(6.8 out of 10)
|Number of Jobs:||67,500|
|This Job is Ranked in|
|Best Construction Jobs||#1|
|The 100 Best Jobs||#31|
A product or service is nothing without the eyes, ears, and attention spans used to estimate how they will be manufactured, constructed, managed, and priced. These are just some of the challenges cost estimators meet daily. Virtually every endeavor that has a product needs someone to estimate what it will cost and analyze the reasons why, says Joe Wagner, vice president for the Board of the Society of Cost Estimating and Analysis. “You may estimate or analyze the costs of cars, aircraft, ships, software systems, bridges, electronics, manufacturing facilities, satellites, government programs, etc.,” he says. “You also may analyze what something is already costing, or why it is costing more or less than previously estimated.” Most cost estimators work in nonresidential building construction or for building equipment contractors. Unlike financial analysts, cost estimators don’t directly counsel businesses and individuals on making investment decisions. They collect and analyze data to estimate the time, resources, and labor required for product manufacturing or construction projects.
As companies continue their search for top-notch cost projections and cost-effective products and services, the need for cost estimators will rise. In fact, that Bureau of Labor Statistics (BLS) predicts employment growth of about 36 percent between 2010 and 2020—much faster than the average for all occupations, and translates to more than 67,000 new jobs. Growth in construction and national infrastructure repair (including roads and subway systems) will also increase the need for effective cost estimators.
With an average salary of $58,460 per year, cost estimators wade at the deeper end of the construction-work earning pool. The best-paid earned an impressive $95,950 in 2011, while the lowest earners took in $34,510. The other finance-related jobs on our list,, oil and gas extraction, and lessors of real estate industries compensate cost estimators best. The profession’s highest-paid reside in the metropolitan areas of Fairbanks, Alaska, Santa Barbara, Calif., and Framingham, Mass.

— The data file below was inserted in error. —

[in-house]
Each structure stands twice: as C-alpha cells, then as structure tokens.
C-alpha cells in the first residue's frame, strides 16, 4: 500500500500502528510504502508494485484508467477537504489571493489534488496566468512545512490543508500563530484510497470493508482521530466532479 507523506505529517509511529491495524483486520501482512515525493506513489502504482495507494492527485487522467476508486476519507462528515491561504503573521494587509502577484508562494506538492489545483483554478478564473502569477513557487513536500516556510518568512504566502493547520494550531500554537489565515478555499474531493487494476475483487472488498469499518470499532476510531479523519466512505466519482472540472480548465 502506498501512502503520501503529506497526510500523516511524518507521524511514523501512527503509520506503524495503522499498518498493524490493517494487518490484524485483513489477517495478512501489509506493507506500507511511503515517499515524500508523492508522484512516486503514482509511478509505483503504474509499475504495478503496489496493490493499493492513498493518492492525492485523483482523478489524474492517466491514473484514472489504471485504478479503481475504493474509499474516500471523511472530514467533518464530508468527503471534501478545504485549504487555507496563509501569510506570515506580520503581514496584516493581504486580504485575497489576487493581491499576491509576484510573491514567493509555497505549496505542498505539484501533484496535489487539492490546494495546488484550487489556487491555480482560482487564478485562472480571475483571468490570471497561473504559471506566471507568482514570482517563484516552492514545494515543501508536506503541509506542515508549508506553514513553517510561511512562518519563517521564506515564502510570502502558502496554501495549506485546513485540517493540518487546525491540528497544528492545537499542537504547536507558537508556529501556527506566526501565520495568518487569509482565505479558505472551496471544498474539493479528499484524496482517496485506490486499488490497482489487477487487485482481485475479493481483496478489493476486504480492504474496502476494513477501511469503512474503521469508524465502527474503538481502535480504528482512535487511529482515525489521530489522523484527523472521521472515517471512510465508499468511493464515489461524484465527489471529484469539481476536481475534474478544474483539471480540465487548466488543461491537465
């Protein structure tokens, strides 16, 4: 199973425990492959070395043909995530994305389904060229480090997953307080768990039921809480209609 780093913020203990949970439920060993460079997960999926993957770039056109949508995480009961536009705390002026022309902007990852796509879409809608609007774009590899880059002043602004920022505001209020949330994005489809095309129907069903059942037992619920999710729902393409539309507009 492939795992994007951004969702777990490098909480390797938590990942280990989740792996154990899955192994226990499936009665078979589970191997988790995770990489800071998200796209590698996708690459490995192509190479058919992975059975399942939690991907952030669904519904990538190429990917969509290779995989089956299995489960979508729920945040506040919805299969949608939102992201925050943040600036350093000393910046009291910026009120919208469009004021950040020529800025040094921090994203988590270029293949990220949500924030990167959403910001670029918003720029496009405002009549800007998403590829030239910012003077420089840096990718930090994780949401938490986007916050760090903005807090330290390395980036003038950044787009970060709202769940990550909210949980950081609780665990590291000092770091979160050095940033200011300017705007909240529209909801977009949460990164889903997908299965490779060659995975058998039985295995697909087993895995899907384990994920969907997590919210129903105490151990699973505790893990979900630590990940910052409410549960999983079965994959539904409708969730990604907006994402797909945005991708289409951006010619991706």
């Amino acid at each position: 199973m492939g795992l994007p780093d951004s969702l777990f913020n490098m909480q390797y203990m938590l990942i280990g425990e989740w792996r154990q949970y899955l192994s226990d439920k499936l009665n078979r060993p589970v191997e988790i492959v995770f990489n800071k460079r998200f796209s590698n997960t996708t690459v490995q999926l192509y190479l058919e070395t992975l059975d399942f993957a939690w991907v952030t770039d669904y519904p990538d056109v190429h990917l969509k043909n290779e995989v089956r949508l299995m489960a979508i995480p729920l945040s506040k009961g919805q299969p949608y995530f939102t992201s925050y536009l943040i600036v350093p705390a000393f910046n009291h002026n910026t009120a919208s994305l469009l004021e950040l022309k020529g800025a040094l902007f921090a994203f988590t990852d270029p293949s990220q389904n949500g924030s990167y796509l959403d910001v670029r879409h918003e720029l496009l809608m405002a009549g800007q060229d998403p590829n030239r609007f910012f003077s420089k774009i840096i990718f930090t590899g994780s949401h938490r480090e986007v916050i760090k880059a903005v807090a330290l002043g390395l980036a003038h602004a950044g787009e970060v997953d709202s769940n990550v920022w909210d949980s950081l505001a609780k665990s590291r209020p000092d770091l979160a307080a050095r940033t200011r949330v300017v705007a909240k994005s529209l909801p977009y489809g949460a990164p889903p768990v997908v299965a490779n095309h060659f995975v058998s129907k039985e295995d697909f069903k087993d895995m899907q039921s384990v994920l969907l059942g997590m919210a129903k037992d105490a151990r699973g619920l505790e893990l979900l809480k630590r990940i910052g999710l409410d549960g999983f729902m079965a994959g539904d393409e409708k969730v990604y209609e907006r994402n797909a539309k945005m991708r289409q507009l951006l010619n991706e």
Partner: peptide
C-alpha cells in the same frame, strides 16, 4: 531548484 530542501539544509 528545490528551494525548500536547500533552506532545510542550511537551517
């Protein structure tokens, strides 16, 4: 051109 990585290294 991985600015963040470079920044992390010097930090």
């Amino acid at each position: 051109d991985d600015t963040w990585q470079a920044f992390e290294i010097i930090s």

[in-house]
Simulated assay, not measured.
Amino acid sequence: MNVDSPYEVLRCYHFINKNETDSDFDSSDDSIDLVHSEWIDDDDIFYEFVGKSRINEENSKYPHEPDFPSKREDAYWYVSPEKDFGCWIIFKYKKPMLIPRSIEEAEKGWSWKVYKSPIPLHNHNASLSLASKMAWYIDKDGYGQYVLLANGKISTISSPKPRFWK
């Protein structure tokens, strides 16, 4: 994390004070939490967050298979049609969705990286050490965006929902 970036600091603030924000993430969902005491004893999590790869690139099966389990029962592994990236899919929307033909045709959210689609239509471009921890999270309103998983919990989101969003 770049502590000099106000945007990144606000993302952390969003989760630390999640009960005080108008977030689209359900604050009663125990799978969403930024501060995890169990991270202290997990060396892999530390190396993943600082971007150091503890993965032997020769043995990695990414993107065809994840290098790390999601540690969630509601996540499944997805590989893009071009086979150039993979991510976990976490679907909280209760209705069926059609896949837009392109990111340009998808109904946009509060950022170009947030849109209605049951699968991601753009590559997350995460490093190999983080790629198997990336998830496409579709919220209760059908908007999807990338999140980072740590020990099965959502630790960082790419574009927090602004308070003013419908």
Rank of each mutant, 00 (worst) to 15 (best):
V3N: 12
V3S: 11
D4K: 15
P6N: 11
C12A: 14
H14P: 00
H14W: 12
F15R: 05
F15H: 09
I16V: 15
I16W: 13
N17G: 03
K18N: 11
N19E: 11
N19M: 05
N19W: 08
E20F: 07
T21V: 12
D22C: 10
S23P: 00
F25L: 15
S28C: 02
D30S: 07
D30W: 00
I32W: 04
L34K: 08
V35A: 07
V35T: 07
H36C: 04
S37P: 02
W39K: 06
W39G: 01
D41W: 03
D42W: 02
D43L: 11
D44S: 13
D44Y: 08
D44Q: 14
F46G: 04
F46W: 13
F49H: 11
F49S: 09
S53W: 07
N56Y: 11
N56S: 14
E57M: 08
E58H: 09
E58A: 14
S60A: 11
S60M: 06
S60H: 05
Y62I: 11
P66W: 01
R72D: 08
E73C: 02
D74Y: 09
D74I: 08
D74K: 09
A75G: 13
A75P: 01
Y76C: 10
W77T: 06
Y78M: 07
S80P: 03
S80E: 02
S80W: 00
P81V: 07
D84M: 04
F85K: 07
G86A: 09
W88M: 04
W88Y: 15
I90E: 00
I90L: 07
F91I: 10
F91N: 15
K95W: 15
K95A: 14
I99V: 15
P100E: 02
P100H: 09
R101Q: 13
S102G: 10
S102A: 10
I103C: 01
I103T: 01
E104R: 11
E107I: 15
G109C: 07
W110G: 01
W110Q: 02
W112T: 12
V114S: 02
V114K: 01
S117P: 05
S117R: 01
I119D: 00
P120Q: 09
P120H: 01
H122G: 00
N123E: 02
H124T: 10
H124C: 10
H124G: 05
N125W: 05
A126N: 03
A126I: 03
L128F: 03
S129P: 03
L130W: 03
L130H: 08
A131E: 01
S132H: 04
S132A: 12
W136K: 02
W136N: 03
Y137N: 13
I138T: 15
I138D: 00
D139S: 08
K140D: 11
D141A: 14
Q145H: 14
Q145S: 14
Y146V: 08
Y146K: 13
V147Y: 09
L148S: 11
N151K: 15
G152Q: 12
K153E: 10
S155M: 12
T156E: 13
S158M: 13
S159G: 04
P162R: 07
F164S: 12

While a four-year degree is not a requirement, a bachelor’s degree in construction management or building science and related work experience in accounting, finance, business, or economics will give applicants a leg-up on the job hunt. Job seekers interested in estimating manufacturing costs should pursue degrees in engineering, physical sciences, mathematics, or statistics. Shadowing a veteran cost estimator and on-the-job experience are good ways to gain experience in the field. Hands-on experience is particularly important, as it gives applicants the chance to see and learn how the company handles estimates firsthand.
Much like other construction jobs, cost estimators must possess a strong set of analytical and technical skills. Critical thinking, attention to detail, time-management, and strong speaking and writing skills are also important. Wagner says while it’s not too difficult to break into cost estimating, applicants should keep two crucial, job-search elements in mind: location and business-activity level. “Much of the cost world is oriented to major projects, programs, and industries,” he says. “You are much more likely to find a junior cost position in those places where large industrial or government projects and industries are located—particularly new and growing projects.” Wagner encourages applicants to hone in on industries or organizations that are in a build-up or growth phase. “These young and growing projects are where costing is a critical function in new developments, and where the most opportunities can be found,” he says.
|Stress Level||Above Average|
Last updated by Jessica Harper.